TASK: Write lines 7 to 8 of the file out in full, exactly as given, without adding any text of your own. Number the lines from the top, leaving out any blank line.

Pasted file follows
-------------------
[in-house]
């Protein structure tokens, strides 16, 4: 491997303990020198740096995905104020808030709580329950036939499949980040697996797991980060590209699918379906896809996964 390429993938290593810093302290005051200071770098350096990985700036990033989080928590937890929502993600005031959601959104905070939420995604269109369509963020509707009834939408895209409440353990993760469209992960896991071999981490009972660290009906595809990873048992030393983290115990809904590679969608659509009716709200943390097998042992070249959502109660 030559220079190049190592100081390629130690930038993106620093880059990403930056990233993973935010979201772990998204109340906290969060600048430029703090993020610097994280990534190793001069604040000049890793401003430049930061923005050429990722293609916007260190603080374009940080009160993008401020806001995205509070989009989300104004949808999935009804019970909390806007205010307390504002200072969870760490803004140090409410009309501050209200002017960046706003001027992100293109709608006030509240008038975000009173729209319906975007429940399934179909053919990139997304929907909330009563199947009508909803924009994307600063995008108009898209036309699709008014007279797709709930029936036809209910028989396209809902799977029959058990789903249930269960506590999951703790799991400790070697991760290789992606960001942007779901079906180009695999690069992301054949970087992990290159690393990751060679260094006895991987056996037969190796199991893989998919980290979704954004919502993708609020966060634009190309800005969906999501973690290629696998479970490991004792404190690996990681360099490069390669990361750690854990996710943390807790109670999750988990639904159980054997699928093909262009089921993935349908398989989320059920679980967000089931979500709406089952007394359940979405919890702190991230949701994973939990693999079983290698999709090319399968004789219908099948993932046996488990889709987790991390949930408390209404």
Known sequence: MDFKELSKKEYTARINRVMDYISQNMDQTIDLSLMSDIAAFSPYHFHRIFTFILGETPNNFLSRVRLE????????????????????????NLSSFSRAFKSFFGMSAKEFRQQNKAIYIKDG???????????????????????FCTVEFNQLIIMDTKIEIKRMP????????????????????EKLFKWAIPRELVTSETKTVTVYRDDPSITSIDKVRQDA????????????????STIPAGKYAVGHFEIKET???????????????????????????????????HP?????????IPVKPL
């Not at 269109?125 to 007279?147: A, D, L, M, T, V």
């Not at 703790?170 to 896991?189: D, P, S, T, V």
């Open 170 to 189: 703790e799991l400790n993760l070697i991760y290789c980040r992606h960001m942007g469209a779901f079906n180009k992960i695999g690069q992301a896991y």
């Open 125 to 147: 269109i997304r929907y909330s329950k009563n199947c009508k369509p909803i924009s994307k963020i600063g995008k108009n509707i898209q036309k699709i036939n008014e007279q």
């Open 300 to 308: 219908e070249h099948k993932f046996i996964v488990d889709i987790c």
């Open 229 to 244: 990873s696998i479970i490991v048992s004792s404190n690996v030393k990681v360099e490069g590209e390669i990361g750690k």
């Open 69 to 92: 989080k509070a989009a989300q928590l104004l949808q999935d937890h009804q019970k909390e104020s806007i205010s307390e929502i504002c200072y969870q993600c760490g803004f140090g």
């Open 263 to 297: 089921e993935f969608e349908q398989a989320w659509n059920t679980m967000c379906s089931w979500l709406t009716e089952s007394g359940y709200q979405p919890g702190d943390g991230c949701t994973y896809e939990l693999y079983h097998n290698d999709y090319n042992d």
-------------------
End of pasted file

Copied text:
């Open 125 to 147: 269109i997304r929907y909330s329950k009563n199947c009508k369509p909803i924009s994307k963020i600063g995008k108009n509707i898209q036309k699709i036939n008014e007279q």
């Open 300 to 308: 219908e070249h099948k993932f046996i996964v488990d889709i987790c």